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Poland
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PlaceTypeAsNotedInArea
PlaceTypeAsNotedInArea
Auschwitz-Birkenau Concentration Camp
Bialowieza Forest National Park Forest
Churches of Peace in Jawor and Swidnica
Czermna Place
Czestochowa Place
Gierloz Place
Kalwaria Zebrzydowska: the Mannerist Architectural and Park Landscape Complex and Pilgrimage Park
Katowice City
Krakow City
Lublin Voivodeship Voivodeship
Medieval Town of Torun Historic District
Muskauer Park, Park Muzakowski
Pomeranian Voivodeship Voivodeship
Slowinski National Park
Swieszyno Village
Warsaw City
Wieliczka Town
Wieliczka and Bochnia Royal Salt Mines
Wooden Churches of Southern Malopolska
Wooden Tserkvas of the Carpathian Region - Poland
Wroclaw City
Zelazowa Wola Place

Geography »

Physiographic FeaturesTypeAsNotedIn
Bialowieza Forest Forest
Carpathian Mountains Mountain Range

Information »

Location

Central Europe, east of Germany - The World Factbook

Data »

Particulars for Poland:
Locale Type Nation

Data
Demonym: Polish
Corruption Perceptions Index - 2014, Transparency International: 35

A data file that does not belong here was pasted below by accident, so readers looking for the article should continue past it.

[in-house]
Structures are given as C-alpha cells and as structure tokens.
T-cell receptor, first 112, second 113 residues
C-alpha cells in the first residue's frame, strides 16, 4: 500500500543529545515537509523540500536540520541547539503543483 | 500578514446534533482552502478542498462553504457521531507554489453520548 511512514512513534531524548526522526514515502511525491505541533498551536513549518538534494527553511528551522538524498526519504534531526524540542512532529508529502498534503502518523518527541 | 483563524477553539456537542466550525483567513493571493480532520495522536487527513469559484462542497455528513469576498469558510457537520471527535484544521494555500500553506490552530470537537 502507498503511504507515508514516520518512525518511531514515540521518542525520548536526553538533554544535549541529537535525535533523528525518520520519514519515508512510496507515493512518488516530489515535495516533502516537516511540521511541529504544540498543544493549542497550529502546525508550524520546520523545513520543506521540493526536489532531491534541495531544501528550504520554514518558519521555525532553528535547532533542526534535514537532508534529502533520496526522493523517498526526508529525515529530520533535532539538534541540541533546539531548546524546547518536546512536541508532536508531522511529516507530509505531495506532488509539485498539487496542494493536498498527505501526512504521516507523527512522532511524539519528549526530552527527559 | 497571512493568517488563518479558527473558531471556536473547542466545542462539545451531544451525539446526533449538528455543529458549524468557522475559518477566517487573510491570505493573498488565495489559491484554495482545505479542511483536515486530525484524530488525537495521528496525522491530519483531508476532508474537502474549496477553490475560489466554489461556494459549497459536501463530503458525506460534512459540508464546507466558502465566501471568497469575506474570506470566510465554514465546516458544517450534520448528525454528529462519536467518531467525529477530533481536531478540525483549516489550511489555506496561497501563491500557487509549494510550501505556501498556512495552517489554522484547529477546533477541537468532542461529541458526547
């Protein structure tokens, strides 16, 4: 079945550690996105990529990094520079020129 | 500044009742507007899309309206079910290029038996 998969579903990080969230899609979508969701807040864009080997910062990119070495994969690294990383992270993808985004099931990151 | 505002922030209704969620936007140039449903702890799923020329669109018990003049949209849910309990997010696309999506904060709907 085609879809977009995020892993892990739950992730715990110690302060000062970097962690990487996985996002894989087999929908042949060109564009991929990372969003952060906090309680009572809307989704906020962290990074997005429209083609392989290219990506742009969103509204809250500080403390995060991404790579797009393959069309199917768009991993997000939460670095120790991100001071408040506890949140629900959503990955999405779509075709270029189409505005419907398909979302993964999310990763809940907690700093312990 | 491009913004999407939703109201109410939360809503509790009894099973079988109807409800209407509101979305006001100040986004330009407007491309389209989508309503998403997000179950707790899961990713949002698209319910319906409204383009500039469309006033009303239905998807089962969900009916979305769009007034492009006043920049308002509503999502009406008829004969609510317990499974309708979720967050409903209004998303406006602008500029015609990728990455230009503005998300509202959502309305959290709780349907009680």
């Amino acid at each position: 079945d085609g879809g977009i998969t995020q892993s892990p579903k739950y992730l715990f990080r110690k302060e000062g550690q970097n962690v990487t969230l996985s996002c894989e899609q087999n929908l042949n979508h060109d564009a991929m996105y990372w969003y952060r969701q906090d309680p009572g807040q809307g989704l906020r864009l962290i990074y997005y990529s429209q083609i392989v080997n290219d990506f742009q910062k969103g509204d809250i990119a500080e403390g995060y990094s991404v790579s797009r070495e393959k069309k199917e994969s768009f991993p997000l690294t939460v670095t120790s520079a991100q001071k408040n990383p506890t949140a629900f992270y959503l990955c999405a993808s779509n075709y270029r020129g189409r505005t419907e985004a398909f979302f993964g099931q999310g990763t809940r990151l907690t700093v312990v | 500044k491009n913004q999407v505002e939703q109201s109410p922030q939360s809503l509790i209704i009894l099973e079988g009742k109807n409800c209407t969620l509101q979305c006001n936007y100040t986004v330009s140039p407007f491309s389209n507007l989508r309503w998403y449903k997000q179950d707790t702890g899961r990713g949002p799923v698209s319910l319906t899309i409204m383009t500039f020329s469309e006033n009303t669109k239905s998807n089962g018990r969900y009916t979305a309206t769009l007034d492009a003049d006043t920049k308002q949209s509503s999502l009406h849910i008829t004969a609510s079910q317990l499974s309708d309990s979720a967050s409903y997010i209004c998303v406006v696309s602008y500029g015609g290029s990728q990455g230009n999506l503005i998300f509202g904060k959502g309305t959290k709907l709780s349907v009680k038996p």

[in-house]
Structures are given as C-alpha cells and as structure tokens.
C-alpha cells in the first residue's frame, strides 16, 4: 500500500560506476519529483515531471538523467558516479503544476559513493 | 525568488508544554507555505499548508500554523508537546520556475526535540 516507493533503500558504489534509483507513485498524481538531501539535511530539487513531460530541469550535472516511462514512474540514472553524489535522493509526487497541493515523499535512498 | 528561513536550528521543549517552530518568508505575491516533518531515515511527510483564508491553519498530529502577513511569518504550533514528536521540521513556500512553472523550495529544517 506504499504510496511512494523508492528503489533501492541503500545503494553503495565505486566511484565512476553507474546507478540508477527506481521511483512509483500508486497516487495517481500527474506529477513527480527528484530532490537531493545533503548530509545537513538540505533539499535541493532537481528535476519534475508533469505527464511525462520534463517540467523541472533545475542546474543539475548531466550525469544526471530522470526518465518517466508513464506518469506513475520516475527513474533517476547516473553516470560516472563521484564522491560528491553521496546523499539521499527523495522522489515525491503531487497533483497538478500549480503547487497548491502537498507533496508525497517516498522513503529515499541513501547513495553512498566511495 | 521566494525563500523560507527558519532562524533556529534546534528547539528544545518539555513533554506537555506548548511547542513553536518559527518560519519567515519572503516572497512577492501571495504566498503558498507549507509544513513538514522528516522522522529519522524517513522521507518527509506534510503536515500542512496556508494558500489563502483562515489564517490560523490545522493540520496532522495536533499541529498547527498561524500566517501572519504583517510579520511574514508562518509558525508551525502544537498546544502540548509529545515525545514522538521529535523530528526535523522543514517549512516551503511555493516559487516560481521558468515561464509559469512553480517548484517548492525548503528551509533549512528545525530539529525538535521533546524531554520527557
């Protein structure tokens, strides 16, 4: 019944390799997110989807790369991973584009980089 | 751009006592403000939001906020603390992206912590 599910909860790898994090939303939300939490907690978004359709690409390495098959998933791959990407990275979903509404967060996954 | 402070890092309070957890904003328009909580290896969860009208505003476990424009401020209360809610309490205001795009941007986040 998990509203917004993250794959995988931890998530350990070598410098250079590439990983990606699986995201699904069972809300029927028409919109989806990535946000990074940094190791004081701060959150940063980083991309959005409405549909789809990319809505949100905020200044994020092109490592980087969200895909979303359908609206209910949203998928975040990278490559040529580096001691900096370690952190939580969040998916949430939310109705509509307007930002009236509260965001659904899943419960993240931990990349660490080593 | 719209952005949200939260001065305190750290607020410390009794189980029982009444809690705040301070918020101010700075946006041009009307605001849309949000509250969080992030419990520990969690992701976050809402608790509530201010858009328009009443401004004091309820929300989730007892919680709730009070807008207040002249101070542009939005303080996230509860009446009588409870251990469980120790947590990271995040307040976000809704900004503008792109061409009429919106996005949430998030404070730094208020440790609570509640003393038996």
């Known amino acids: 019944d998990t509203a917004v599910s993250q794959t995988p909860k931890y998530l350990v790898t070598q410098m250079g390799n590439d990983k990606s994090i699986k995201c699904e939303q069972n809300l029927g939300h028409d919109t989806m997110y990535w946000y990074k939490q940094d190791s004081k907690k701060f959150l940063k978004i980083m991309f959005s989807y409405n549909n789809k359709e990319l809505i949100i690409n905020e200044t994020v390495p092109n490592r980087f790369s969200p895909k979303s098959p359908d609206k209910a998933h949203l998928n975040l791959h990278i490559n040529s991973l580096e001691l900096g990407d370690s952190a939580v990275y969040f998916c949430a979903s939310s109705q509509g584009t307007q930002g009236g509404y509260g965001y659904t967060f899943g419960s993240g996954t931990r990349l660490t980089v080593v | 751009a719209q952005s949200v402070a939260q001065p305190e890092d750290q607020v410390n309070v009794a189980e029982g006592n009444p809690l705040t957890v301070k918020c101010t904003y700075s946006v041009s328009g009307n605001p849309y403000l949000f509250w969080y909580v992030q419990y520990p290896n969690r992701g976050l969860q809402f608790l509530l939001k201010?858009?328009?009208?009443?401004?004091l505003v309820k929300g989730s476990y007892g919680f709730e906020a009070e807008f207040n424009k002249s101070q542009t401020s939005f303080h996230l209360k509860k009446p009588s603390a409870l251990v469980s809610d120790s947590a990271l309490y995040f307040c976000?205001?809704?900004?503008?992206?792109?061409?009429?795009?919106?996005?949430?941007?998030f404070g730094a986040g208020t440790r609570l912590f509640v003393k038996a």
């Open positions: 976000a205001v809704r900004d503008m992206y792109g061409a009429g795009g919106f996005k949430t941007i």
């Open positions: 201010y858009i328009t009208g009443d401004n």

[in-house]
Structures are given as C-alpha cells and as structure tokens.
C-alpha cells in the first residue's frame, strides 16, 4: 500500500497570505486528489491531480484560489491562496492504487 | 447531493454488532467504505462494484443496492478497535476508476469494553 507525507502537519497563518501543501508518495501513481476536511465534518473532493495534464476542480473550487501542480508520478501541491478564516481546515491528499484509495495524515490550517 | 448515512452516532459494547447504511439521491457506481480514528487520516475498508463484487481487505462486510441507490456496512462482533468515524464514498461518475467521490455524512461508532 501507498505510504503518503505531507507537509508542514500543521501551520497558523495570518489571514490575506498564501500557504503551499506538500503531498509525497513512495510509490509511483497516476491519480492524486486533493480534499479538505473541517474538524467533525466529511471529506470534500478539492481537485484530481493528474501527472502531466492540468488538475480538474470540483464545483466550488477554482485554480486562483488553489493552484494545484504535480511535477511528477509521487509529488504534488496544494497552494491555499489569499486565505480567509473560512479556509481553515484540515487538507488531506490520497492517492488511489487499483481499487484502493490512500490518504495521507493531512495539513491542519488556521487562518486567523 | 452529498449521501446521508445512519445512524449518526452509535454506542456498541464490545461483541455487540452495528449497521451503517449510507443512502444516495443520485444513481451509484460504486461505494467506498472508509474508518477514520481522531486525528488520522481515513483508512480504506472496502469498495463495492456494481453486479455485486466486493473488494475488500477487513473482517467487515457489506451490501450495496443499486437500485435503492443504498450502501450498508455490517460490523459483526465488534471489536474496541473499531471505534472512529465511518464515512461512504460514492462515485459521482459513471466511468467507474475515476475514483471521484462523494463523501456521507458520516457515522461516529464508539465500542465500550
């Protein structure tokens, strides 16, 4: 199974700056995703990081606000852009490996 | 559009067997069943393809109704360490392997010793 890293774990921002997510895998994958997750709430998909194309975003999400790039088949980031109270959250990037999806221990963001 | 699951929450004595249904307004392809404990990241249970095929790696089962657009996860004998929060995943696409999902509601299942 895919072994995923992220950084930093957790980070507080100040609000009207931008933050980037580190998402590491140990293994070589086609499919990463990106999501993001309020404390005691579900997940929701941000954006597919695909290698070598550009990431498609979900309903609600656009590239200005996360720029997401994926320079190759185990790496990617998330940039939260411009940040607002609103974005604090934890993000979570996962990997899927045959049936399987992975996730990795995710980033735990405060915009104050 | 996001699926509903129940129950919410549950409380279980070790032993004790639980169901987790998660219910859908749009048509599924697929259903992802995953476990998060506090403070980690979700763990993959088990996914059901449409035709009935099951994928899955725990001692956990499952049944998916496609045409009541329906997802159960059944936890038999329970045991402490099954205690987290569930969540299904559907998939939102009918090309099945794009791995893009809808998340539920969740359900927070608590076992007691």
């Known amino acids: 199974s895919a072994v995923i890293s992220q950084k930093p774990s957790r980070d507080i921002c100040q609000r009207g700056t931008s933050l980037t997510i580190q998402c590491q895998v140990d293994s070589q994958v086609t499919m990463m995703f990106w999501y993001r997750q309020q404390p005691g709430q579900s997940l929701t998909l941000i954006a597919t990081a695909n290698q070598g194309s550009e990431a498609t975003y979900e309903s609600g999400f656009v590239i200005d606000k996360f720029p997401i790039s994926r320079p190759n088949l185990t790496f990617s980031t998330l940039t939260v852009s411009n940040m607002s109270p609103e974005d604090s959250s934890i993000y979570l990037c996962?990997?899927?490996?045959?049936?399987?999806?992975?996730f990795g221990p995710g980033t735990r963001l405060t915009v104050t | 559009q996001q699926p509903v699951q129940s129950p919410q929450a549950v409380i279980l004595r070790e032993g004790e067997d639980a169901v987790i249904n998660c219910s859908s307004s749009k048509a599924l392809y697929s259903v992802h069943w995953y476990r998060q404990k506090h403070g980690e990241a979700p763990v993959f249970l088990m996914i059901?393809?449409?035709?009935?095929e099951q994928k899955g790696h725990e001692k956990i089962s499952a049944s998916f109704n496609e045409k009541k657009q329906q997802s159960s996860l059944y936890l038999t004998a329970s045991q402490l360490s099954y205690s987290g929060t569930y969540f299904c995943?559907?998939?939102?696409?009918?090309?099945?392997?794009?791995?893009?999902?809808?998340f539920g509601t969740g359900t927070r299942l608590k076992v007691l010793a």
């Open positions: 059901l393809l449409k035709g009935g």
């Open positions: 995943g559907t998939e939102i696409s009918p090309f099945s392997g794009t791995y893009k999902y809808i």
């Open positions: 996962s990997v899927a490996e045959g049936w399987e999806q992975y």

History »

Poland's history as a state begins near the middle of the 10th century. By the mid-16th century, the Polish-Lithuanian Commonwealth ruled a vast tract of land in central and eastern Europe. During the 18th century, internal disorders weakened the nation, and in a series of agreements between 1772 and 1795, Russia, Prussia, and Austria partitioned Poland among themselves. Poland regained its independence in 1918 only to be overrun by Germany and the Soviet Union in World War II. It became a Soviet satellite state following the war, but its government was comparatively tolerant and progressive. Labor turmoil in 1980 led to the formation of the independent trade union "Solidarity" that over time became a political force with over ten million members. Free elections in 1989 and 1990 won Solidarity control of the parliament and the presidency, bringing the Communist era to a close. A "shock therapy" program during the early 1990s enabled the country to transform its economy into one of the most robust in Central Europe. Poland joined NATO in 1999 and the European Union in 2004. With its transformation to a democratic, market-oriented country largely completed, Poland is an increasingly active member of Euro-Atlantic organizations. - The World Factbook


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